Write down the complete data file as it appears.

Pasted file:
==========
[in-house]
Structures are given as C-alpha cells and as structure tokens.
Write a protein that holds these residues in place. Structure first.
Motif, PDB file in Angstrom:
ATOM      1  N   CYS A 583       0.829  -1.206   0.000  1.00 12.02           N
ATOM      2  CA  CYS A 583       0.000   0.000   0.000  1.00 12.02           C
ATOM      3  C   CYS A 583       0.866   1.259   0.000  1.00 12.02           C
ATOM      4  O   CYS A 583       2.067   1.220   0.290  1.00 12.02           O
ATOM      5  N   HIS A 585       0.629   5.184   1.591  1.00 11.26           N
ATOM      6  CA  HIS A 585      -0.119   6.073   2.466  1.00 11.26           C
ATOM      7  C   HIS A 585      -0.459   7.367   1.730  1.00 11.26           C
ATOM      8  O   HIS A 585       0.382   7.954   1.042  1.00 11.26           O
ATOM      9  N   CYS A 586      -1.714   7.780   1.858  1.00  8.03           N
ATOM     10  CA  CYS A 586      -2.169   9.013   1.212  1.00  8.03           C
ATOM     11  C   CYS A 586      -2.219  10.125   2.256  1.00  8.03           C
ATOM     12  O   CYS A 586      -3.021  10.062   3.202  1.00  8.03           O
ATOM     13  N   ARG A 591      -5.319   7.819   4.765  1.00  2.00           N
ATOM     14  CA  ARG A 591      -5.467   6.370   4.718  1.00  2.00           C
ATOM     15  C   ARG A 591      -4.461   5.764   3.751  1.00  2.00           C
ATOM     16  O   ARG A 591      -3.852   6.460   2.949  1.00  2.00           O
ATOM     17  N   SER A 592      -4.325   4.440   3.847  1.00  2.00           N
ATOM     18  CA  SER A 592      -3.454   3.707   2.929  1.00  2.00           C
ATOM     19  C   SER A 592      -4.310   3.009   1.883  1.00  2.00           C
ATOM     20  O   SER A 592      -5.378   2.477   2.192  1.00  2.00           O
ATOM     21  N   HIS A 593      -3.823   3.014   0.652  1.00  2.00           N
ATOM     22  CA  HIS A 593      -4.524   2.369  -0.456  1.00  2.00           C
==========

[in-house]
Structures are given as C-alpha cells and as structure tokens.
Write a protein that holds these residues in place. Structure first.
Motif, PDB file in Angstrom:
ATOM      1  N   CYS A 583       0.829  -1.206   0.000  1.00 12.02           N
ATOM      2  CA  CYS A 583       0.000   0.000   0.000  1.00 12.02           C
ATOM      3  C   CYS A 583       0.866   1.259   0.000  1.00 12.02           C
ATOM      4  O   CYS A 583       2.067   1.220   0.290  1.00 12.02           O
ATOM      5  N   HIS A 585       0.629   5.184   1.591  1.00 11.26           N
ATOM      6  CA  HIS A 585      -0.119   6.073   2.466  1.00 11.26           C
ATOM      7  C   HIS A 585      -0.459   7.367   1.730  1.00 11.26           C
ATOM      8  O   HIS A 585       0.382   7.954   1.042  1.00 11.26           O
ATOM      9  N   CYS A 586      -1.714   7.780   1.858  1.00  8.03           N
ATOM     10  CA  CYS A 586      -2.169   9.013   1.212  1.00  8.03           C
ATOM     11  C   CYS A 586      -2.219  10.125   2.256  1.00  8.03           C
ATOM     12  O   CYS A 586      -3.021  10.062   3.202  1.00  8.03           O
ATOM     13  N   ARG A 591      -5.319   7.819   4.765  1.00  2.00           N
ATOM     14  CA  ARG A 591      -5.467   6.370   4.718  1.00  2.00           C
ATOM     15  C   ARG A 591      -4.461   5.764   3.751  1.00  2.00           C
ATOM     16  O   ARG A 591      -3.852   6.460   2.949  1.00  2.00           O
ATOM     17  N   SER A 592      -4.325   4.440   3.847  1.00  2.00           N
ATOM     18  CA  SER A 592      -3.454   3.707   2.929  1.00  2.00           C
ATOM     19  C   SER A 592      -4.310   3.009   1.883  1.00  2.00           C
ATOM     20  O   SER A 592      -5.378   2.477   2.192  1.00  2.00           O
ATOM     21  N   HIS A 593      -3.823   3.014   0.652  1.00  2.00           N
ATOM     22  CA  HIS A 593      -4.524   2.369  -0.456  1.00  2.00           C